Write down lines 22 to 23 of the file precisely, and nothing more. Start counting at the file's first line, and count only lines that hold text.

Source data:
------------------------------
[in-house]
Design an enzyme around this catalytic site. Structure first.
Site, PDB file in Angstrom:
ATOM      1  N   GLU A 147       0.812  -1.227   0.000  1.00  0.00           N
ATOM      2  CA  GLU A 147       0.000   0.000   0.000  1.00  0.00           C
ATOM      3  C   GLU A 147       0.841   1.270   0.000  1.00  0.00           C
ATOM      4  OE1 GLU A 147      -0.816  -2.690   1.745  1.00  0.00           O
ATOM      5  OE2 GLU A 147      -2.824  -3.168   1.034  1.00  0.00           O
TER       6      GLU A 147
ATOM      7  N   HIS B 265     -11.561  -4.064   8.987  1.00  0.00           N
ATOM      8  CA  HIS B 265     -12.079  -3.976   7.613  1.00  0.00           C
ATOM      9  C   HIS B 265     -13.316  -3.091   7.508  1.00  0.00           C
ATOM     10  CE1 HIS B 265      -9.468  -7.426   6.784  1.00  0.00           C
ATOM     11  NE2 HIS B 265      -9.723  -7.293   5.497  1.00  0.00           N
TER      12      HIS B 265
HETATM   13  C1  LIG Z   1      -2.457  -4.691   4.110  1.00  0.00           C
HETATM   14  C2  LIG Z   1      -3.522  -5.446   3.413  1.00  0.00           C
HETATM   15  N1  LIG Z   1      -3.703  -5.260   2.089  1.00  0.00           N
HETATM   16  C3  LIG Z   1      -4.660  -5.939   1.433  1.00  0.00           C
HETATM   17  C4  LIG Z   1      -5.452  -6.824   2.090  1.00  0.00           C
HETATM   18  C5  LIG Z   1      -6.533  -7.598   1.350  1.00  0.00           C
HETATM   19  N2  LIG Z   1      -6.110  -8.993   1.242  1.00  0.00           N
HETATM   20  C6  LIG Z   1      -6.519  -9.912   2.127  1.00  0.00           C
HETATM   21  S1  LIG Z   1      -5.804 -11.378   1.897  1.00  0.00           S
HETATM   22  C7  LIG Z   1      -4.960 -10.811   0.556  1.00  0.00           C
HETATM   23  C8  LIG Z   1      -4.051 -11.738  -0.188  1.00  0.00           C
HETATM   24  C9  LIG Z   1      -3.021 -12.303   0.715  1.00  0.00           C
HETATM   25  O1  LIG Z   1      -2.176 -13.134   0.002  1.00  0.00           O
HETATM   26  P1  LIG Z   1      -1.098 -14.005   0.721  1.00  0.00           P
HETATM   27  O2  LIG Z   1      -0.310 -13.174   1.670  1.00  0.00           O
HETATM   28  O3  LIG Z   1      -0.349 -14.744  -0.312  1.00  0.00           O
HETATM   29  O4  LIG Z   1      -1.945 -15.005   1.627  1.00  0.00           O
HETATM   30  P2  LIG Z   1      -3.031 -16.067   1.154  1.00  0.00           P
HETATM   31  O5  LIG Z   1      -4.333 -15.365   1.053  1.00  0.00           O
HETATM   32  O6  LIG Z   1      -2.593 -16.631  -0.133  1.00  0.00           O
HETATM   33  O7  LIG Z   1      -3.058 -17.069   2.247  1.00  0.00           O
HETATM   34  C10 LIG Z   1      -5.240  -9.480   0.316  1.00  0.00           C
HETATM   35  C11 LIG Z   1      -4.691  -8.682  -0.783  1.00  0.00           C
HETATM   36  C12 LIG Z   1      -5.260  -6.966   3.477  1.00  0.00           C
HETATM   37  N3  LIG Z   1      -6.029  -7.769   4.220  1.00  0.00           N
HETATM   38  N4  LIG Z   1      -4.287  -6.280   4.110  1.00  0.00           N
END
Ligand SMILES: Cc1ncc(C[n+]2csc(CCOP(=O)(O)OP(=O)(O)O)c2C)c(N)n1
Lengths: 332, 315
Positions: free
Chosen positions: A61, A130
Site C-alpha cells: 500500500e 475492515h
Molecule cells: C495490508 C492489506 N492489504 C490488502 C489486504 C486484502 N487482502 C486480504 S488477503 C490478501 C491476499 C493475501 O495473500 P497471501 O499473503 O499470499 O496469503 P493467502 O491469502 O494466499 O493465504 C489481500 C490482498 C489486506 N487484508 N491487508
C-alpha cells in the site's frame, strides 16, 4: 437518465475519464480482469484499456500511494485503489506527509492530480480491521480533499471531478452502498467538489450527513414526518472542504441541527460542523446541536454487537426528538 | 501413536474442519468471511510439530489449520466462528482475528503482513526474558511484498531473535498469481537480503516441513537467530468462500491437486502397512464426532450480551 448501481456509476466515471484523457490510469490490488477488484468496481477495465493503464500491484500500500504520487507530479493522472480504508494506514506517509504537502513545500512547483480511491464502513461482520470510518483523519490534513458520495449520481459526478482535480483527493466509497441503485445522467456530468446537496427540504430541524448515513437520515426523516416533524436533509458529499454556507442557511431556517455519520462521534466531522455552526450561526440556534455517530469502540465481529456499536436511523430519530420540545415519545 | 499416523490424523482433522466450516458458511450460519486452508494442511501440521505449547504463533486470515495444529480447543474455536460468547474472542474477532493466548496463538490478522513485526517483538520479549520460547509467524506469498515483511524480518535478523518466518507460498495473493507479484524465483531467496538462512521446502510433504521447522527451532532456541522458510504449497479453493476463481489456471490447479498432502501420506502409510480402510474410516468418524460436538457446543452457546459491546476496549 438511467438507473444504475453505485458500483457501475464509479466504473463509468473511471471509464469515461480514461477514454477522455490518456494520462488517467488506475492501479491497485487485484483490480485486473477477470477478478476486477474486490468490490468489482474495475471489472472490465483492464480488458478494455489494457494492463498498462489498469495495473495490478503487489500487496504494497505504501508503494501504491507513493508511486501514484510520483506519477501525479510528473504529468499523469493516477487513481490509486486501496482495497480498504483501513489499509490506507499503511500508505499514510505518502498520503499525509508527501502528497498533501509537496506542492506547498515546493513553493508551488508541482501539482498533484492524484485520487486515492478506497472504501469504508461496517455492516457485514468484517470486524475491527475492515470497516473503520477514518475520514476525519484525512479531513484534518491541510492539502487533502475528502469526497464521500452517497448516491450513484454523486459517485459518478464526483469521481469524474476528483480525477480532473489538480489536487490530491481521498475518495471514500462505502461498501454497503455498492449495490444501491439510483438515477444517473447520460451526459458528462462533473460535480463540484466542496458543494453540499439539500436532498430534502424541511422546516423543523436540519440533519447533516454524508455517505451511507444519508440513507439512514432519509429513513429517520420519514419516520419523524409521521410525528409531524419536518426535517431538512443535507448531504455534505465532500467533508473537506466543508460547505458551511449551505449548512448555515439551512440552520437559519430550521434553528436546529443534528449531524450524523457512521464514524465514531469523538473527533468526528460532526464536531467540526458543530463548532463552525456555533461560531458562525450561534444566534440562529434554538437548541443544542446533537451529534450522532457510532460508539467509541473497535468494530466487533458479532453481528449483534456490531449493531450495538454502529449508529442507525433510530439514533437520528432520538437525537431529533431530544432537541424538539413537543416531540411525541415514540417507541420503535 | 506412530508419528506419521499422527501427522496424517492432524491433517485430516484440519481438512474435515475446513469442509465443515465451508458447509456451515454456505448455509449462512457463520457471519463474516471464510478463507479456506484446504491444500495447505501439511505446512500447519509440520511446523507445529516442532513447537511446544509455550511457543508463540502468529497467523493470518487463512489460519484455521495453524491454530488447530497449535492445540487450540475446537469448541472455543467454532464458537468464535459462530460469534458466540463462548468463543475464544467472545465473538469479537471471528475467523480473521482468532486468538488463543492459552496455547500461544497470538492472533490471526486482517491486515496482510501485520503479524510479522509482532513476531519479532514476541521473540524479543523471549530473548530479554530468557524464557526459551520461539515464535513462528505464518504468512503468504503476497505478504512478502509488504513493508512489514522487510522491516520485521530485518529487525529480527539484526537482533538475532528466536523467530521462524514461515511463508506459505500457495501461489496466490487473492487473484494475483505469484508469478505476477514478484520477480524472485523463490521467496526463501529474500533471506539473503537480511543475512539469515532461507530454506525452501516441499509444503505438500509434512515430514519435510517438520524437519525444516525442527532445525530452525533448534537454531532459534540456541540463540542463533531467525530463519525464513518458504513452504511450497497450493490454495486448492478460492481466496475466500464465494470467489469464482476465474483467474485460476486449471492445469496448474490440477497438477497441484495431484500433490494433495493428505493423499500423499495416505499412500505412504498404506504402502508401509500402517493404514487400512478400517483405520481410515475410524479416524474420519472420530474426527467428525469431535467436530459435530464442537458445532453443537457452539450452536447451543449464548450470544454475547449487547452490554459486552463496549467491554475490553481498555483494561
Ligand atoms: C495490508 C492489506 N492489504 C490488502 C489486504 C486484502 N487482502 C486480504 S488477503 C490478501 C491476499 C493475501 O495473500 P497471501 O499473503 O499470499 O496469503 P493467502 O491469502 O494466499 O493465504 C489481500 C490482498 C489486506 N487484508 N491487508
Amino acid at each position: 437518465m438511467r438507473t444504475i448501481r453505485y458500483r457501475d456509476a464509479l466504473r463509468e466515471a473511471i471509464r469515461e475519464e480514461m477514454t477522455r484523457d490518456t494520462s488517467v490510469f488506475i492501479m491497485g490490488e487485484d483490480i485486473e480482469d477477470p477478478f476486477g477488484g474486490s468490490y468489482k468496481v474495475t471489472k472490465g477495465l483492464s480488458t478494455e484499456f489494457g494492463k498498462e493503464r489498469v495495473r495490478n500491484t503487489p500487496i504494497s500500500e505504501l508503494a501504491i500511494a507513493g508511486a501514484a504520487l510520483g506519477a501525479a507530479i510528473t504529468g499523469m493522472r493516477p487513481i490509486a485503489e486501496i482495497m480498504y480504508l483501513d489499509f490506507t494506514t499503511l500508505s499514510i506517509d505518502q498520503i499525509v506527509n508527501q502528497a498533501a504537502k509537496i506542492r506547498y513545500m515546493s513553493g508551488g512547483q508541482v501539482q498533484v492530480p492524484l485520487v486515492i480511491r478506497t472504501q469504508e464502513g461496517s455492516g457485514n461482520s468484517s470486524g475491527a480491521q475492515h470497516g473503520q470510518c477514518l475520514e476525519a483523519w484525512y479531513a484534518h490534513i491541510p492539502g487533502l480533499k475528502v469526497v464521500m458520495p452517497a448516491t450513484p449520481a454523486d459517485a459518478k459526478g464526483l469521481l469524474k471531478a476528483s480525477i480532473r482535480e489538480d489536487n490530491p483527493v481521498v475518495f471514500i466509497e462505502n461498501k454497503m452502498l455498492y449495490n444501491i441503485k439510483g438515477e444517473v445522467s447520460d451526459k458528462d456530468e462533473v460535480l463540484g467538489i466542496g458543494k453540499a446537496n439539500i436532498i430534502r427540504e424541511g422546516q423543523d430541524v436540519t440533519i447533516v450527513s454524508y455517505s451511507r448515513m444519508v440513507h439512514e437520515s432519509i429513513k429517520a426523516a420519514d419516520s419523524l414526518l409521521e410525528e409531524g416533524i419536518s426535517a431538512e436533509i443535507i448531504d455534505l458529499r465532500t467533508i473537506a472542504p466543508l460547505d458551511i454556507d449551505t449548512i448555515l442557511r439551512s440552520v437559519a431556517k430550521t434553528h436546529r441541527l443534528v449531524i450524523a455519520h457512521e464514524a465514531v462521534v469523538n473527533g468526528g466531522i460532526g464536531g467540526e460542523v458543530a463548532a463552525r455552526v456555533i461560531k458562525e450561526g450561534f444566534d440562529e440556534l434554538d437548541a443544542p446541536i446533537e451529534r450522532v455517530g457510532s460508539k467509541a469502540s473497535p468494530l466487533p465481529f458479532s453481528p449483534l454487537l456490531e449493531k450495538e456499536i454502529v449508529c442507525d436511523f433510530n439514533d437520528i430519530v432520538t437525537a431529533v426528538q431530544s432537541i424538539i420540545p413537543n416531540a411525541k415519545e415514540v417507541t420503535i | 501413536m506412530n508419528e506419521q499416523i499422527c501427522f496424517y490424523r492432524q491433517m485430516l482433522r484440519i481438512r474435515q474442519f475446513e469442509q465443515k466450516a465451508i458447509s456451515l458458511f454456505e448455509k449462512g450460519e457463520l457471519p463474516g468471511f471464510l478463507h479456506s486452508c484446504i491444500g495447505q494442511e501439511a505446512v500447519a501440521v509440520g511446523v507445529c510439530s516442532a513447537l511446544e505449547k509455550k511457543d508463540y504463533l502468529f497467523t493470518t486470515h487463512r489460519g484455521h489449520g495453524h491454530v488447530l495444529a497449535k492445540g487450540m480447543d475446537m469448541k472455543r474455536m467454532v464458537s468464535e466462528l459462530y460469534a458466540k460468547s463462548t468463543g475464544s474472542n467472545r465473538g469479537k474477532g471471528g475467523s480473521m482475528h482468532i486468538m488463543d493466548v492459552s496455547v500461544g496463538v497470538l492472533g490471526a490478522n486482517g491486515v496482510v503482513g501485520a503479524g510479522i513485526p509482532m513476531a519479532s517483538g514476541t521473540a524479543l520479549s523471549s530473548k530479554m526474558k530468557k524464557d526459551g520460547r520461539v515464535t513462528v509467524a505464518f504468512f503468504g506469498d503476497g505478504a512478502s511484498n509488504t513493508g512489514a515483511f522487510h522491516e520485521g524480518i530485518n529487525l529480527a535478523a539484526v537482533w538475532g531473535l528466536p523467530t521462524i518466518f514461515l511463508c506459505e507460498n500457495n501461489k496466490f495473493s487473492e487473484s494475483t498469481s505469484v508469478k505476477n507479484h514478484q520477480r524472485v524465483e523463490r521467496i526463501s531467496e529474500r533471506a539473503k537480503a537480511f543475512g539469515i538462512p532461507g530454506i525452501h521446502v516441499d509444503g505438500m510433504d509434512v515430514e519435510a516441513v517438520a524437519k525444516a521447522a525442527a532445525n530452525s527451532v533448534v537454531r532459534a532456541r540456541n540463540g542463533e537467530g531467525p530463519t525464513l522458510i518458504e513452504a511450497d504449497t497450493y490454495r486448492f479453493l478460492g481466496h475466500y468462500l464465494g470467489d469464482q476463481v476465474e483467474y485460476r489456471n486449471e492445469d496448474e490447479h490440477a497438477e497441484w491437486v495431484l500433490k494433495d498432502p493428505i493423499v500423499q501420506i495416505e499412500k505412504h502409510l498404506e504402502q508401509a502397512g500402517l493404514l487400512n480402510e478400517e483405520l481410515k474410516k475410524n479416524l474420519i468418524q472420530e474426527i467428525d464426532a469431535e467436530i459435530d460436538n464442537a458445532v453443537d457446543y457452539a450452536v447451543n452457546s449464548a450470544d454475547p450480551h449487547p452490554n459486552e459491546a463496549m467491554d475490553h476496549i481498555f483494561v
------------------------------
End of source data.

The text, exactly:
HETATM   19  N2  LIG Z   1      -6.110  -8.993   1.242  1.00  0.00           N
HETATM   20  C6  LIG Z   1      -6.519  -9.912   2.127  1.00  0.00           C